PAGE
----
Breakthru signs Enforceable Undertaking
Disability services provider Breakthru Ltd is back-paying employees more than $2.7 million and has entered into an Enforceable Undertaking (EU) with the Fair Work Ombudsman.
The registered charity, which operates in NSW, Victoria and Queensland self-reported underpayments to the workplace regulator in March 2020.
During the process of negotiating a new enterprise agreement, Breakthru became aware that it had incorrectly classified a number of employees under the applicable awards and industrial agreements, resulting in an underpayment of base rates for those employees.
The error led to Breakthru underpaying employee entitlements under the applicable industrial agreements and the Social, Community, Home Care and Disability Services Industry Award 2010 and the Labour Market Assistance Industry Award 2010.
Underpaid employees were at locations including Brisbane, Cairns, Townsville, Atherton, Melbourne, Sydney, Coonabarabran, Dubbo, Port Macquarie, Newcastle, Taree, Tuggerah and Tuncurry. Affected workers were in disability support and training-and-placement roles.
In total, Breakthru is back-paying 649 current and former employees $2.75 million (including interest and superannuation) after underpaying them between 2014 and 2020. Individual back-payments range from less than $1 to more than $34,000.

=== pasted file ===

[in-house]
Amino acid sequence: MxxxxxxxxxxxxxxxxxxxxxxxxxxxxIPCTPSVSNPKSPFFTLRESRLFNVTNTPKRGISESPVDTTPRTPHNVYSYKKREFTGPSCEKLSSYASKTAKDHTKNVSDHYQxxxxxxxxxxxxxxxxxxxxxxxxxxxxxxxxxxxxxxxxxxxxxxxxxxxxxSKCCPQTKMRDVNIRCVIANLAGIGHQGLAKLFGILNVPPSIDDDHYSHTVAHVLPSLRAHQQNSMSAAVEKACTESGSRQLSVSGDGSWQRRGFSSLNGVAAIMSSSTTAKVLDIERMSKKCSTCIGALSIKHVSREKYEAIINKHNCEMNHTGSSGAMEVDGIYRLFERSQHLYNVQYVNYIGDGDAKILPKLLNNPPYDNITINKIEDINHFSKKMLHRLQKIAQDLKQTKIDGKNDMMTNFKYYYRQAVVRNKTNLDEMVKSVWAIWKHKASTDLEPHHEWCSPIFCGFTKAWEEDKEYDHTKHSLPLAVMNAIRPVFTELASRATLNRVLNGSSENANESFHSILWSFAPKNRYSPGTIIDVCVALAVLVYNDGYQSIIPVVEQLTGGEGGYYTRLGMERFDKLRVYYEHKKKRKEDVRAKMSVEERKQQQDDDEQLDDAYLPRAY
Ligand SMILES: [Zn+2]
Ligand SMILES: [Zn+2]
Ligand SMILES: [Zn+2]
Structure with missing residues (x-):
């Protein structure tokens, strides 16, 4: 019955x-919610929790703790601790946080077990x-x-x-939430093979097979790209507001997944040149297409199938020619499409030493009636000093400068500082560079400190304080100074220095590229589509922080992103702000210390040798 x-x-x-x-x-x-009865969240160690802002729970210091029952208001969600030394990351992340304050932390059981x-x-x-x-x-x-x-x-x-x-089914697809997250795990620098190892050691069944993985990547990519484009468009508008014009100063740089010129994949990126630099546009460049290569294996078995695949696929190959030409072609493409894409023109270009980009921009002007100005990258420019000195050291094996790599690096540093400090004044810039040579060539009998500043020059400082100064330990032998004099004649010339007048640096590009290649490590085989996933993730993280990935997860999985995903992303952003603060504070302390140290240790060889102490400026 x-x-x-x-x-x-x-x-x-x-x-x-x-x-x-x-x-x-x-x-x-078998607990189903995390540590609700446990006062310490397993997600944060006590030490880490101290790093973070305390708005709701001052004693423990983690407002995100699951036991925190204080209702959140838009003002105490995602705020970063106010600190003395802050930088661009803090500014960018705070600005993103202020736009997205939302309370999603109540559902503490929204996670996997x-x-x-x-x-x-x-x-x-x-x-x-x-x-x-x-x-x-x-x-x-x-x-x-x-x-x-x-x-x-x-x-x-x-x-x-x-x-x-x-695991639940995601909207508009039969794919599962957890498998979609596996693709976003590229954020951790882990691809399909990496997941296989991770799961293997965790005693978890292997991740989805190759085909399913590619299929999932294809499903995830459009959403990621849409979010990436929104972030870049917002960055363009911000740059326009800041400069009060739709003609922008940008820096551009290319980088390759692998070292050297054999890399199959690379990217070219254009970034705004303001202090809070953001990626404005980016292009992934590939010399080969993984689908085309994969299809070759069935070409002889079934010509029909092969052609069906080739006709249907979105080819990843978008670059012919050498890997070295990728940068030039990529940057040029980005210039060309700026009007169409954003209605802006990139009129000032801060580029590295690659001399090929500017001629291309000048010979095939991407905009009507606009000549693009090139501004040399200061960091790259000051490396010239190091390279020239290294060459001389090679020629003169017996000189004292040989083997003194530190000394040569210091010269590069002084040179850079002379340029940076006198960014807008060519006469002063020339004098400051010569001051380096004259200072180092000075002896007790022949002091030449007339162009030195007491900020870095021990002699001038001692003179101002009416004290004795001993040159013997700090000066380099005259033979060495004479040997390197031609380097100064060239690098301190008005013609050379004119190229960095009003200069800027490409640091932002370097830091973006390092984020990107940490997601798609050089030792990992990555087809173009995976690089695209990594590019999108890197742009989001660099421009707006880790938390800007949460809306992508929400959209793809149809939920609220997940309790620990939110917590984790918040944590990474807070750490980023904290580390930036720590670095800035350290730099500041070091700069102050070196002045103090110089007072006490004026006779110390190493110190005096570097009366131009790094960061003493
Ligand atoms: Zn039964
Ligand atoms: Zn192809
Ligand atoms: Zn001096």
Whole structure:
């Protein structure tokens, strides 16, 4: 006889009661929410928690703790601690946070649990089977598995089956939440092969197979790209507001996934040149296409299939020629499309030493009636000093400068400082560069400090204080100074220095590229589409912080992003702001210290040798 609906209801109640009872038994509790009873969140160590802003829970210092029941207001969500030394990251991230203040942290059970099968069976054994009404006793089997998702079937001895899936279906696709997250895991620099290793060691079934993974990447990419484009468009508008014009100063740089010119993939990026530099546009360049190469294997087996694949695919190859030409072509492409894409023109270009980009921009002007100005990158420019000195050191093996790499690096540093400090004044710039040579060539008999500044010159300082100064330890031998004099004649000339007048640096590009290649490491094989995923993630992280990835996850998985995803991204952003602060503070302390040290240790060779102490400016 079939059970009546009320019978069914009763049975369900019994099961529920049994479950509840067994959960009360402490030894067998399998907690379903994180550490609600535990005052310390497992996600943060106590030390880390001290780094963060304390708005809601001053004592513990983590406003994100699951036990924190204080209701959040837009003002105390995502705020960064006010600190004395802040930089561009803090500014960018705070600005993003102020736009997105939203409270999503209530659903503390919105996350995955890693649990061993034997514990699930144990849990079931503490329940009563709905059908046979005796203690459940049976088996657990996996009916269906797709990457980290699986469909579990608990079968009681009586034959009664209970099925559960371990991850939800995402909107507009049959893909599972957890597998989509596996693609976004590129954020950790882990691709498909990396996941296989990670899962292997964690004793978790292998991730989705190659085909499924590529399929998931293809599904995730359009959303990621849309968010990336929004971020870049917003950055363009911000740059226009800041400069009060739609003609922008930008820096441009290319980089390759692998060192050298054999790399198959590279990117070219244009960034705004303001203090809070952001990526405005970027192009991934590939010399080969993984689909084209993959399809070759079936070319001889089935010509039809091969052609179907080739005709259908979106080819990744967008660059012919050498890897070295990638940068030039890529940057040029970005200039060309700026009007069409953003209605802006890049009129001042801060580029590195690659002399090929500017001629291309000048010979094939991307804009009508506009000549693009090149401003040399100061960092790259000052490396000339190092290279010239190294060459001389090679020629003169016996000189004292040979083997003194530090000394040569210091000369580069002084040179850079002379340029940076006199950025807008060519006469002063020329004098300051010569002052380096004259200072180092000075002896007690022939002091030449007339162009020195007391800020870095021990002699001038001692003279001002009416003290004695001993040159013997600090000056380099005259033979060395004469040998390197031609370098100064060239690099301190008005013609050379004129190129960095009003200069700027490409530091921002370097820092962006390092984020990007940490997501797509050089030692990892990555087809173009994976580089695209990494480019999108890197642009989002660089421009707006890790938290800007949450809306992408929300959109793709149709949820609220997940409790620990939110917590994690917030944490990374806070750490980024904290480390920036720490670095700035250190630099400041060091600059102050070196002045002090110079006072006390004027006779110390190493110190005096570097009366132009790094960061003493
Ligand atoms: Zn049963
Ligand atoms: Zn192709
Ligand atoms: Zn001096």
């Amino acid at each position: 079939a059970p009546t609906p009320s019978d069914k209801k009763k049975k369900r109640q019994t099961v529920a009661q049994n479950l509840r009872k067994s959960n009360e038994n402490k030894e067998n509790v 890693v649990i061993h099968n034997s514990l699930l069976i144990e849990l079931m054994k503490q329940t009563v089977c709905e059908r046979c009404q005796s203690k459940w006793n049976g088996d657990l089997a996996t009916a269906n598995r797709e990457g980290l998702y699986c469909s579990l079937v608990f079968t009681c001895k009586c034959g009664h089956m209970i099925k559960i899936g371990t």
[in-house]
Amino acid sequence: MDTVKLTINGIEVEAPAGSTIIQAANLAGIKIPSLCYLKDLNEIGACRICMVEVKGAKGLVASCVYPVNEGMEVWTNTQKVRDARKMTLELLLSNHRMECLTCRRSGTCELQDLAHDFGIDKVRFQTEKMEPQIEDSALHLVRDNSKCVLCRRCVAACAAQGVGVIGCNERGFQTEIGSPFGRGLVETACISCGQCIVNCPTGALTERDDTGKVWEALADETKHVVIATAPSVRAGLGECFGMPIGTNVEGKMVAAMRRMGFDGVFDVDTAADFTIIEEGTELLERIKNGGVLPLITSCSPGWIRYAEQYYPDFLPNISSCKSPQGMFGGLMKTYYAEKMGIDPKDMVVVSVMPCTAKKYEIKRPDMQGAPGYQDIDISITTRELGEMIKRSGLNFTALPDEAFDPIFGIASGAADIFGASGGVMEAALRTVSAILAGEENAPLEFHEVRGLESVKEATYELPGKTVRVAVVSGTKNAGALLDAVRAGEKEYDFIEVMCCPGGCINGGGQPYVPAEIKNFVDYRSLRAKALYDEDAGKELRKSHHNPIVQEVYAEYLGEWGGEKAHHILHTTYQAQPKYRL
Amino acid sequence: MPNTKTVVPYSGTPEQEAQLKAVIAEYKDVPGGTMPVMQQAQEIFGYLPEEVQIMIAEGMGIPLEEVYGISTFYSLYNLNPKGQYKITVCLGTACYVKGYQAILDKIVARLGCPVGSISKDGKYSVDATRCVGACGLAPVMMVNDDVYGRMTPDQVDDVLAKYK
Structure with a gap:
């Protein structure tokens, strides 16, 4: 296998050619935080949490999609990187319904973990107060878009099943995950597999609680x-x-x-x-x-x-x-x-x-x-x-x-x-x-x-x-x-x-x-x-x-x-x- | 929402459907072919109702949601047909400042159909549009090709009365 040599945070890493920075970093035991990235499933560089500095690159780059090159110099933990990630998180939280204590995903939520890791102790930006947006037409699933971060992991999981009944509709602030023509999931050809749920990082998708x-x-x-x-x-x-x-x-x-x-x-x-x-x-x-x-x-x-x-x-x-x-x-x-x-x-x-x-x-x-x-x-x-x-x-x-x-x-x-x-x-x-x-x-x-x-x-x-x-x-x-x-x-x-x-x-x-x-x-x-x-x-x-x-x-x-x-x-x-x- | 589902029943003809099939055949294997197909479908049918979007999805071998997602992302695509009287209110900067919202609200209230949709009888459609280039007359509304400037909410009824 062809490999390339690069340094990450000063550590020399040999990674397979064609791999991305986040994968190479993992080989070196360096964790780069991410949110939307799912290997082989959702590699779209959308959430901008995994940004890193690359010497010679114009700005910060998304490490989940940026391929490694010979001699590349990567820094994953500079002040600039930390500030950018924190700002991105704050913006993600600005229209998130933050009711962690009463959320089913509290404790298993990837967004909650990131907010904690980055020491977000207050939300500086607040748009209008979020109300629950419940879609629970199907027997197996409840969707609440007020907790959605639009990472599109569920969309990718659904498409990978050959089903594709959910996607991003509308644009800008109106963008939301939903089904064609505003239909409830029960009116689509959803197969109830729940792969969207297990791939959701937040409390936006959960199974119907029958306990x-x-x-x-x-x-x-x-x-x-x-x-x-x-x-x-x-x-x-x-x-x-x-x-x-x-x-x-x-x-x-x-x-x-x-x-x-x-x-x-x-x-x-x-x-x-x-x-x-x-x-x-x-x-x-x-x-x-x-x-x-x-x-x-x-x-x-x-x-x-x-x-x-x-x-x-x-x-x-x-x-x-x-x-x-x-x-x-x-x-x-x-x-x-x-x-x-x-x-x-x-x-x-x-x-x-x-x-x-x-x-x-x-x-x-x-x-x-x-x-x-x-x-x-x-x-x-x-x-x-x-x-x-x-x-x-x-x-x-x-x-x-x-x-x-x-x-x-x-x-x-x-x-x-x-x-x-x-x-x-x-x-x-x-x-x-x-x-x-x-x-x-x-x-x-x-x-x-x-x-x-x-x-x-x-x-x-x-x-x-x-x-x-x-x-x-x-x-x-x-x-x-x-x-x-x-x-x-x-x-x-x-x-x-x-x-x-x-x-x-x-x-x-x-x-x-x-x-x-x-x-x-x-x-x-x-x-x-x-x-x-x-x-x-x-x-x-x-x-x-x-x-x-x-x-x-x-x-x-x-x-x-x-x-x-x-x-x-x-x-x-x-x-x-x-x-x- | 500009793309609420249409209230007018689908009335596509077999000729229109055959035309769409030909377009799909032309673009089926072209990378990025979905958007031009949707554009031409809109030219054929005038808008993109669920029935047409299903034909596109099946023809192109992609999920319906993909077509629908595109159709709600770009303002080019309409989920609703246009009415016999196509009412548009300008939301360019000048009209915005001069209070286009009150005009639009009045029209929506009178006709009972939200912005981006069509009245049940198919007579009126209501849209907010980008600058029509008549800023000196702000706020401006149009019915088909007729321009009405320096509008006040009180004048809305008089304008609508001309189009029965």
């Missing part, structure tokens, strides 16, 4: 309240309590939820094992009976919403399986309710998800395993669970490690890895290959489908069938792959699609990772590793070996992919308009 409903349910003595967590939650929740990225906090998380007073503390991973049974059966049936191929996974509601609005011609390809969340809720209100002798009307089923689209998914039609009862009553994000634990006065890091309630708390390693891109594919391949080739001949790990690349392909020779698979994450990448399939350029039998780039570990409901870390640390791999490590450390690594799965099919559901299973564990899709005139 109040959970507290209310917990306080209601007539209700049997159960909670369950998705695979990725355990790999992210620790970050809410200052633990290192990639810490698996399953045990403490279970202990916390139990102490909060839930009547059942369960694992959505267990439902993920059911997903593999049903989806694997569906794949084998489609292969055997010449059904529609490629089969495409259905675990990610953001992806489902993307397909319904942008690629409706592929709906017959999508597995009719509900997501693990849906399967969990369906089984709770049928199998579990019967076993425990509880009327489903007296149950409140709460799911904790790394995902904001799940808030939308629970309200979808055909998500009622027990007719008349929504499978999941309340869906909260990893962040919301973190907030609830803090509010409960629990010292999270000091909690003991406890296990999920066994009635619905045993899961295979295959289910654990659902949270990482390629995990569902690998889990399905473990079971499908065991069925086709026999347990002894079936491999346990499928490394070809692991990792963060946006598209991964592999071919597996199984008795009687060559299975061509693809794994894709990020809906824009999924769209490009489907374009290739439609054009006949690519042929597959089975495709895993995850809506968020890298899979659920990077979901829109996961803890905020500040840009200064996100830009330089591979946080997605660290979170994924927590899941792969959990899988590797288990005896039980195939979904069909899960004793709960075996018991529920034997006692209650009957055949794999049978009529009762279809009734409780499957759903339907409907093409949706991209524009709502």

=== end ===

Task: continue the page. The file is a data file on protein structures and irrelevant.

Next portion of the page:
As at 19 February 2021, the company had back-paid 616 workers, with less than $47,000 still owing to 33 former employees who must be back-paid by 31 March 2021.
Fair Work Ombudsman Sandra Parker said that an EU was appropriate as Breakthru had demonstrated a strong commitment to rectifying all underpayments.
“Under the Enforceable Undertaking, Breakthru has committed to implementing stringent measures to protect the rights of its workforce. These measures include engaging, at the company’s own cost, audits of its compliance with workplace laws over the next two years.”
“This matter demonstrates how important it is for companies to check that they have classified every employee correctly. Any employer who needs help meeting their workplace obligations should contact the Fair Work Ombudsman for free advice and assistance,” Ms Parker said.
Under the EU, Breakthru is also required to display an online notice detailing its workplace law breaches, apologise to workers, commission workplace relations training for human resources, recruitment and payroll staff and provide evidence that it has developed systems and processes for ensuring compliance in future.
Employers and employees can visit www.fairwork.gov.au or contact the Fair Work Infoline on 13 13 94 for free workplace advice. A free interpreter service is available on 13 14 50.
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